“This lawsuit seeks to hold the VA accountable for years of discriminatory conduct,” Adam Henderson, a law student working with the VLSC on the case, said in a statement, per the Hill.

“VA leaders knew, or should have known, that they were administering benefits in a discriminatory manner, yet they failed to address this unlawful bias,” Henderson added. “Mr. Monk — and thousands of Black veterans like him — deserve redress for the harms caused by these negligently administered programs.”

According to internal VA data obtained by the Washington Post, Black applicants seeking disability benefits were denied 30 percent of the time from 2002 to 2020. White applicants were denied 24 percent of the time.

VA press secretary Terrence Hayes said the agency is working to combat “institutional racism.”

“Throughout history, there have been unacceptable disparities in both VA benefits decisions and military discharge status due to racism, which have wrongly left Black veterans without access to VA care and benefits,” Hayes said. “We are actively working to right these wrongs.”

The post U.S. Government Discriminated Against Black Veterans For Decades: Lawsuit appeared first on Atlanta Daily World.

The post Lawsuit Alleges U.S. Government Discriminated Against Black Veterans for Decades first appeared on BlackPressUSA.

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BOOKS: Jerald LeVon Hoover Blends a Love of Sport & Friendship into New Children’s Book

NNPA NEWSWIRE — Through colorful pictures with vibrant imagery, young readers will easily get drawn into the exciting adventures of Bennett Mayco Wilson’s fictional yet exciting world and learn valuable childhood lessons together, when Bennet gets a basketball as a present from his father on his fourth birthday.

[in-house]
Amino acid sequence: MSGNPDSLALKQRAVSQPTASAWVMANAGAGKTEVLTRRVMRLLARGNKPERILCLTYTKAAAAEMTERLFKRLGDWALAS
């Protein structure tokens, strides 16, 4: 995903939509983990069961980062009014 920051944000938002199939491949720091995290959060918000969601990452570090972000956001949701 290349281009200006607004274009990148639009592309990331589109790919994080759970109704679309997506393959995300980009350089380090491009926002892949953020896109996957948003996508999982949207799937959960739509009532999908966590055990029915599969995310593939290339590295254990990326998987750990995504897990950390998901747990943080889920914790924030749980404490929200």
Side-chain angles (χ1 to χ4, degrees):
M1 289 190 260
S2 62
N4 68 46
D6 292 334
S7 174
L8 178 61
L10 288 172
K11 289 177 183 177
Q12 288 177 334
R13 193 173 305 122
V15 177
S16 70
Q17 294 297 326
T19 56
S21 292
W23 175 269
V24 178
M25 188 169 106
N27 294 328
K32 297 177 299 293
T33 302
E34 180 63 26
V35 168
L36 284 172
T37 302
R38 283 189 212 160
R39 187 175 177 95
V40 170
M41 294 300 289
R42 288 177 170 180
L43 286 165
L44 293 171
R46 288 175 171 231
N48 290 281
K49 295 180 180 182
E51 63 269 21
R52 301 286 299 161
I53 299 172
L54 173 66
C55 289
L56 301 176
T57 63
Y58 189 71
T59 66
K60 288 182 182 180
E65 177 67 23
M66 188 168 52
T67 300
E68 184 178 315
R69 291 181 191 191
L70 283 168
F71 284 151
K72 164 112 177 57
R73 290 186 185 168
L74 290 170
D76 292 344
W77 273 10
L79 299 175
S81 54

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‘A Basketball Hero is Born’ is a part of The Hero Book Series by Jerald LeVon Hoover, which aims to inspire youth to make a positive change in their communities and the world in general

Widely celebrated African American author, Jerald LeVon Hoover, is once again inspiring young people to make a positive change in their communities with the launch of a new children’s book. Titled A Basketball Hero is Born, the new children’s reading book contains colorful pictures that warm the heart and keep young readers glued to its pages.

The plot follows the exciting adventures of Bennett Mayco Wilson who gets a basketball as a present from his father on his fourth birthday. Affectionately naming the new basketball “Lucky,” the story unfolds as young Bennett tries to take his new best friend everywhere, including the dinner table, to school, and to bed when it is time for sleep.

Jerald L. Hoover

Jerald L. Hoover

Through colorful pictures with vibrant imagery, young readers will easily get drawn into Bennett’s fictional yet exciting world and learn valuable childhood lessons together. Currently available for purchase on Amazon, A Basketball Hero is Born is a part of The Hero Book Series by Jerald LeVon Hoover, which emphasizes instilling a love of sports and friendship in young readers.

About The Author

Jerald L. Hoover is a multi-talented individual with countless accomplishments in the creative, literary, and entertainment worlds. After winning an award for “The Best New Male Writer of the Year” for his fictional novel, My Friend, My Hero Jerald went on to be listed from 1994 – 1996 as a best-selling author among young Black writers in various African American publications. In 1995, he was awarded the Writers Corp Award by then-President Bill Clinton. In 1998, Jerald was inducted into the Mount Vernon Boy’s and Girl’s Club Hall of Fame. Since then, Jerald has won several other awards and is also an in-demand motivational speaker who overcame a childhood speech impediment.

The post BOOKS: Jerald LeVon Hoover Blends a Love of Sport & Friendship into New Children’s Book first appeared on BlackPressUSA.